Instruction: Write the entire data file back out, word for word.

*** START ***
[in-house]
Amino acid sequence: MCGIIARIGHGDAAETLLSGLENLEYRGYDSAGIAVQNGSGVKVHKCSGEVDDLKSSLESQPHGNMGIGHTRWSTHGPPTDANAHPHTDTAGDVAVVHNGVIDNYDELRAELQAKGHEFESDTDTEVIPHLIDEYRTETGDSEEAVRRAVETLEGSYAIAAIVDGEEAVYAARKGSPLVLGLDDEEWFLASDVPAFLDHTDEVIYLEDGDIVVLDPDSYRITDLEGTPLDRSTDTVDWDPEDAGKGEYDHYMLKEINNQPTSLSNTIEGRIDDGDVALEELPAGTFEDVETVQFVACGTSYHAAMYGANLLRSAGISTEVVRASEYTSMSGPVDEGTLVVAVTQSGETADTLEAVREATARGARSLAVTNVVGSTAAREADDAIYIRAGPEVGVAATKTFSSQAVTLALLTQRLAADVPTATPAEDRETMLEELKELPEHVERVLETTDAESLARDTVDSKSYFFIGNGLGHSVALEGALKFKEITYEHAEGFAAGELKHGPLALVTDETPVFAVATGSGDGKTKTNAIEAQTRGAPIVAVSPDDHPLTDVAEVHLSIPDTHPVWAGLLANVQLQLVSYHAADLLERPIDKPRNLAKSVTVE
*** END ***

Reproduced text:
[in-house]
Amino acid sequence: MCGIIARIGHGDAAETLLSGLENLEYRGYDSAGIAVQNGSGVKVHKCSGEVDDLKSSLESQPHGNMGIGHTRWSTHGPPTDANAHPHTDTAGDVAVVHNGVIDNYDELRAELQAKGHEFESDTDTEVIPHLIDEYRTETGDSEEAVRRAVETLEGSYAIAAIVDGEEAVYAARKGSPLVLGLDDEEWFLASDVPAFLDHTDEVIYLEDGDIVVLDPDSYRITDLEGTPLDRSTDTVDWDPEDAGKGEYDHYMLKEINNQPTSLSNTIEGRIDDGDVALEELPAGTFEDVETVQFVACGTSYHAAMYGANLLRSAGISTEVVRASEYTSMSGPVDEGTLVVAVTQSGETADTLEAVREATARGARSLAVTNVVGSTAAREADDAIYIRAGPEVGVAATKTFSSQAVTLALLTQRLAADVPTATPAEDRETMLEELKELPEHVERVLETTDAESLARDTVDSKSYFFIGNGLGHSVALEGALKFKEITYEHAEGFAAGELKHGPLALVTDETPVFAVATGSGDGKTKTNAIEAQTRGAPIVAVSPDDHPLTDVAEVHLSIPDTHPVWAGLLANVQLQLVSYHAADLLERPIDKPRNLAKSVTVE